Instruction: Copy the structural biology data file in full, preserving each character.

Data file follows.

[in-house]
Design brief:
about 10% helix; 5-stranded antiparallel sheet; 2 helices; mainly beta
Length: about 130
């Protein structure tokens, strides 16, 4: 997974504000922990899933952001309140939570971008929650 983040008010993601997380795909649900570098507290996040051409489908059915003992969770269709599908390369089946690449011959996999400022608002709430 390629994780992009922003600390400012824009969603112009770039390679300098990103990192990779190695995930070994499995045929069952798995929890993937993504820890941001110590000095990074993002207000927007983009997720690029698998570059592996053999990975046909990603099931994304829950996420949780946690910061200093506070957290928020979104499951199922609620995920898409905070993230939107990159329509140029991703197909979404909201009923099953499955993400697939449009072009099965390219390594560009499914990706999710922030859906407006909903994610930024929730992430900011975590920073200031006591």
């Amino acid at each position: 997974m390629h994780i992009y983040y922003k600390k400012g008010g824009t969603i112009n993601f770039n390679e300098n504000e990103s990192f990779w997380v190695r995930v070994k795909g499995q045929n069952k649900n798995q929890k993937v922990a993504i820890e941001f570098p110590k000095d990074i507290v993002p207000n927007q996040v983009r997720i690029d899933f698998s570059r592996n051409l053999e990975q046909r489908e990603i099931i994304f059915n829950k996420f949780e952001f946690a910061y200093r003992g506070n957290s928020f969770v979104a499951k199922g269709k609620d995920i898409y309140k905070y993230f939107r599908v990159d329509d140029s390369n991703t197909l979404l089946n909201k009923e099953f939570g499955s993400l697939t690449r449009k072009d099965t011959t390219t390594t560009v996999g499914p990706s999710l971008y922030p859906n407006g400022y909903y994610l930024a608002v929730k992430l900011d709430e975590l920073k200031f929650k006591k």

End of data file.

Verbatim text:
[in-house]
Design brief:
about 10% helix; 5-stranded antiparallel sheet; 2 helices; mainly beta
Length: about 130
């Protein structure tokens, strides 16, 4: 997974504000922990899933952001309140939570971008929650 983040008010993601997380795909649900570098507290996040051409489908059915003992969770269709599908390369089946690449011959996999400022608002709430 390629994780992009922003600390400012824009969603112009770039390679300098990103990192990779190695995930070994499995045929069952798995929890993937993504820890941001110590000095990074993002207000927007983009997720690029698998570059592996053999990975046909990603099931994304829950996420949780946690910061200093506070957290928020979104499951199922609620995920898409905070993230939107990159329509140029991703197909979404909201009923099953499955993400697939449009072009099965390219390594560009499914990706999710922030859906407006909903994610930024929730992430900011975590920073200031006591």
């Amino acid at each position: 997974m390629h994780i992009y983040y922003k600390k400012g008010g824009t969603i112009n993601f770039n390679e300098n504000e990103s990192f990779w997380v190695r995930v070994k795909g499995q045929n069952k649900n798995q929890k993937v922990a993504i820890e941001f570098p110590k000095d990074i507290v993002p207000n927007q996040v983009r997720i690029d899933f698998s570059r592996n051409l053999e990975q046909r489908e990603i099931i994304f059915n829950k996420f949780e952001f946690a910061y200093r003992g506070n957290s928020f969770v979104a499951k199922g269709k609620d995920i898409y309140k905070y993230f939107r599908v990159d329509d140029s390369n991703t197909l979404l089946n909201k009923e099953f939570g499955s993400l697939t690449r449009k072009d099965t011959t390219t390594t560009v996999g499914p990706s999710l971008y922030p859906n407006g400022y909903y994610l930024a608002v929730k992430l900011d709430e975590l920073k200031f929650k006591k």